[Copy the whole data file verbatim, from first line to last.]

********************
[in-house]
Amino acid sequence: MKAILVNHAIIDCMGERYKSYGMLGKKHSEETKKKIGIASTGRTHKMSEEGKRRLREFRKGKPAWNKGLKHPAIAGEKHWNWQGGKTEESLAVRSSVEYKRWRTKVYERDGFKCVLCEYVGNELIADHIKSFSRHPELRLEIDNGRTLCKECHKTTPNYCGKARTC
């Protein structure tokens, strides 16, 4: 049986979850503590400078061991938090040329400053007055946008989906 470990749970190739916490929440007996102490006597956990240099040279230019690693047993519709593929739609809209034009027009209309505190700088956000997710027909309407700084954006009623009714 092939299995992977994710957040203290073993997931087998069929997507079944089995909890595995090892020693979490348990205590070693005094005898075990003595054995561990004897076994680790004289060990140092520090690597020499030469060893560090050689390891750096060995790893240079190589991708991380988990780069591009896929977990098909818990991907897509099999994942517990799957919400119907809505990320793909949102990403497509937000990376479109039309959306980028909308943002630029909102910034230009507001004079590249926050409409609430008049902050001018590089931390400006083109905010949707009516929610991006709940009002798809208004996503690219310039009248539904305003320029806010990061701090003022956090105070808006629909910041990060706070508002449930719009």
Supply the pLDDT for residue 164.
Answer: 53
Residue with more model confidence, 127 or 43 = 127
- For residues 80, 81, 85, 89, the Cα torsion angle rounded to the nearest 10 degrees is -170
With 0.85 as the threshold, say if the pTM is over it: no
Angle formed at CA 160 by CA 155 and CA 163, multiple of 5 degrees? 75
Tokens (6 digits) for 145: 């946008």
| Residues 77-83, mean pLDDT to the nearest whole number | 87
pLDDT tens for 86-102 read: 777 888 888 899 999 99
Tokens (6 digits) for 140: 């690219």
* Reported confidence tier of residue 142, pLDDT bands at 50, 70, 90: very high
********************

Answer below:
[in-house]
Amino acid sequence: MKAILVNHAIIDCMGERYKSYGMLGKKHSEETKKKIGIASTGRTHKMSEEGKRRLREFRKGKPAWNKGLKHPAIAGEKHWNWQGGKTEESLAVRSSVEYKRWRTKVYERDGFKCVLCEYVGNELIADHIKSFSRHPELRLEIDNGRTLCKECHKTTPNYCGKARTC
């Protein structure tokens, strides 16, 4: 049986979850503590400078061991938090040329400053007055946008989906 470990749970190739916490929440007996102490006597956990240099040279230019690693047993519709593929739609809209034009027009209309505190700088956000997710027909309407700084954006009623009714 092939299995992977994710957040203290073993997931087998069929997507079944089995909890595995090892020693979490348990205590070693005094005898075990003595054995561990004897076994680790004289060990140092520090690597020499030469060893560090050689390891750096060995790893240079190589991708991380988990780069591009896929977990098909818990991907897509099999994942517990799957919400119907809505990320793909949102990403497509937000990376479109039309959306980028909308943002630029909102910034230009507001004079590249926050409409609430008049902050001018590089931390400006083109905010949707009516929610991006709940009002798809208004996503690219310039009248539904305003320029806010990061701090003022956090105070808006629909910041990060706070508002449930719009």
Supply the pLDDT for residue 164.
Answer: 53
Residue with more model confidence, 127 or 43 = 127
- For residues 80, 81, 85, 89, the Cα torsion angle rounded to the nearest 10 degrees is -170
With 0.85 as the threshold, say if the pTM is over it: no
Angle formed at CA 160 by CA 155 and CA 163, multiple of 5 degrees? 75
Tokens (6 digits) for 145: 């946008």
| Residues 77-83, mean pLDDT to the nearest whole number | 87
pLDDT tens for 86-102 read: 777 888 888 899 999 99
Tokens (6 digits) for 140: 């690219």
* Reported confidence tier of residue 142, pLDDT bands at 50, 70, 90: very high